Alumni join forces to raise awareness of radicalisation

Synergy Theatre

Two BCU graduates have joined forces to create a theatre production and digital toolkit to help people spot the early signs of radicalisation.

Billie Lewery, who graduated earlier this year with a degree in Applied Theatre (Community and Education), worked alongside Chloe Broxton, who completed her degree in Criminology, Policing, and Investigation in 2018.

The duo appeared on BBC One’s Crimewatch last week to discuss the project.

The live performance piece was written, produced, and acted by seven Applied Theatre students and explored important topics like vulnerability, radicalisation and how to get help.

Synergy Theatre is an adaptation of an existing Counter Terrorism training package, which uses students’ own interpretations of radicalisation. The group of students launched Synergy Theatre with two performances to their classmates and secondary school students, as well as Counter Terrorism Policing partners.

The performances took place at the Lab in the Conservatoire earlier this year and included breaks for discussion which encouraged the audience to explore different ideas and discuss Sam’s behaviours.

The performance centres on Sam, a young vulnerable individual who is being radicalised online. Sam’s story navigates through changes in behaviour and identifies some of the early indictors that those closest can look out for.

Synergy Theatre

Billie, who now works as a freelance drama practitioner and performer, played the role of Sam in the performance.

She said: “As a student of Applied Theatre, I am always delighted when theatre is prioritised as a way of connecting with people and exploring difficult subject matters, such as that explored in Synergy Theatre.

“We worked with Chloe and her colleague Matt for several months, beginning with research into a selection of real-life case studies involving individuals who have been radicalised in a similar way to the protagonist in our production.

“We then had several weeks collaborative devising where we developed our production into the final piece of drama we have now. While being involved from the very beginning of the creation process, along with a handful of other Applied Theatre students, I also played the protagonist Sam, a 17-year-old male who slowly becomes radicalised by an online ‘friend’, known to Sam as Moon Man.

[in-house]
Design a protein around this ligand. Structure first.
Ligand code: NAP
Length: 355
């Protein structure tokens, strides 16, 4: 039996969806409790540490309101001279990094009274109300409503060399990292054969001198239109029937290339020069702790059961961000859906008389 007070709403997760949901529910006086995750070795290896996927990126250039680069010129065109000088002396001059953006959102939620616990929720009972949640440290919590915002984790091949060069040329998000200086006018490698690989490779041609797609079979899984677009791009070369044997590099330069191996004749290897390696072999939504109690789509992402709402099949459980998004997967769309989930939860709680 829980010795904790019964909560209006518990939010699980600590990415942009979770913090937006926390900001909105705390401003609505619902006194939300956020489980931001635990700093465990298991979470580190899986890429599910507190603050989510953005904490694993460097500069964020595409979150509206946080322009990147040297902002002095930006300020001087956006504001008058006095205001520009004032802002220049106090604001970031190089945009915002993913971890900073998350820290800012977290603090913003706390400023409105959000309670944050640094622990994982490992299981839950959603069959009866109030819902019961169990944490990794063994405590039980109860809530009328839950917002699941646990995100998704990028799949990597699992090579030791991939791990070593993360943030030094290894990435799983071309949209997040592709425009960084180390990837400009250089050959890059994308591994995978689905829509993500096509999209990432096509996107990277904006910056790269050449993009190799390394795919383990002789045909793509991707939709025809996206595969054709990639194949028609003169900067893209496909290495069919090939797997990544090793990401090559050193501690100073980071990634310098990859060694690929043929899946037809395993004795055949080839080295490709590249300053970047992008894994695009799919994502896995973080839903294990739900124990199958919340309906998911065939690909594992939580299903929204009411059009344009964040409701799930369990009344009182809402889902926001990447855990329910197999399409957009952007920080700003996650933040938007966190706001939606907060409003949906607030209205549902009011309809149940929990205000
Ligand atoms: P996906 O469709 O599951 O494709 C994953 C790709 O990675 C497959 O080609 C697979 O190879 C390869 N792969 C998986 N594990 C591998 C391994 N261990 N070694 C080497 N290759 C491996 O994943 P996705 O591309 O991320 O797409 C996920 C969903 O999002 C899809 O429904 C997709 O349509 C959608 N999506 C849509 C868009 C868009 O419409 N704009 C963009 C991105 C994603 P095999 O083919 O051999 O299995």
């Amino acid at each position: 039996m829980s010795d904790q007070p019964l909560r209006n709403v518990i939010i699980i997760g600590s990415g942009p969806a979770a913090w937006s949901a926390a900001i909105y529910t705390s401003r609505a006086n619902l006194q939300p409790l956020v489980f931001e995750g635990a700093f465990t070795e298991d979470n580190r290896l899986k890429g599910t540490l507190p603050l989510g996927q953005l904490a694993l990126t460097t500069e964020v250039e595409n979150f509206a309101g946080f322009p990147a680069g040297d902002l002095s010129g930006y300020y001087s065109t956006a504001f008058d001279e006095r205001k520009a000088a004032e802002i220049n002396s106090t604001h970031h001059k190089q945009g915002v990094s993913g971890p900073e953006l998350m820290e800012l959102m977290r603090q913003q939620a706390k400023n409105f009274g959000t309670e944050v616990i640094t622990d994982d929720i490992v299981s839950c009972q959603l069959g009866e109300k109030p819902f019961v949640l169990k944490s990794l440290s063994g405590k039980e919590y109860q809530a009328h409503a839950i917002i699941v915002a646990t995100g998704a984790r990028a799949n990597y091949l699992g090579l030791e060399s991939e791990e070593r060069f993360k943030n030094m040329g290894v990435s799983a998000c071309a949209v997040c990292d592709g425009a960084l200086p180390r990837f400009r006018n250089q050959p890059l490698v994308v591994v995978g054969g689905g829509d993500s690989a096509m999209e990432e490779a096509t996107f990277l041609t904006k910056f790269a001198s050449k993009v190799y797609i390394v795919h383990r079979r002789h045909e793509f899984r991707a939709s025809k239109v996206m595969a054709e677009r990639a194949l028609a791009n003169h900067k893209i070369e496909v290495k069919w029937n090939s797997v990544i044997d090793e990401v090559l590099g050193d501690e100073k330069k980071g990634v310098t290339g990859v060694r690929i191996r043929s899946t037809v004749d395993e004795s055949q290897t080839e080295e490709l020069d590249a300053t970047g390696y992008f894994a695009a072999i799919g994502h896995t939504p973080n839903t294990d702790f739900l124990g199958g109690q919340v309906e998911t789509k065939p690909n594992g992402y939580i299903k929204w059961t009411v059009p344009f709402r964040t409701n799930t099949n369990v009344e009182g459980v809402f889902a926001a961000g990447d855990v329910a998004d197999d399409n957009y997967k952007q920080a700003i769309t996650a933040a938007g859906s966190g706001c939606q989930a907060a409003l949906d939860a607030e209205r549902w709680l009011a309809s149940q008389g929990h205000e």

“The performance was followed by a hot seating exercise, where the audience could talk to characters and ask them questions to further understand the character. Being in the hot seat as Sam, it was really encouraging to hear how much of the performance they had digested, and every key aspect of the product was picked up on. It was a great way to troubleshoot whether the important information would be recognised or not, and it was.

“I absolutely love how this project has been recognised as one worth sharing on the BBC, and how theatre is being given the opportunity to be seen as a valuable exploration and education tool.”

The project has now been produced into a free digital toolkit which will be available online for download, aimed for but not exclusively to schools and colleges, as well as parents, guardians, and youth organisations.

Chloe, who now works as a Prevent Officer for Counter Terrorism Policing West Midlands Counter Terrorism Unit, said: “Overall, the initial feedback we received from students and professional partners was extremely positive.

“We received additional comments from the school after the initial performance mentioning that Synergy Theatre had sparked important discussions within the classroom led by the children, which is exactly what we wanted so it was an exciting premier to the production.

“To be interviewed and have our work shown on Crimewatch was incredible and I’m so thrilled that all the hard work that the students have put into this project has been recognised and shared on national television.”

The duo have great advice for current students hoping to collaborate with others.

Billie said: “My advice to current students would be simply to talk to people and take every opportunity you can. You would be surprised how different paths can cross and collaborate; I would never have expected Applied Theatre and Criminology and Policing to work together but we have and very successfully too.”

Chloe also has advice to share with current Criminology and Policing students.

She said: “Be open to engaging with departments you would not expect to work with and ways in which you can. There will always be someone who you can talk to if you want to create a collaboration, you just have to look, and who knows what exciting products you may make.”

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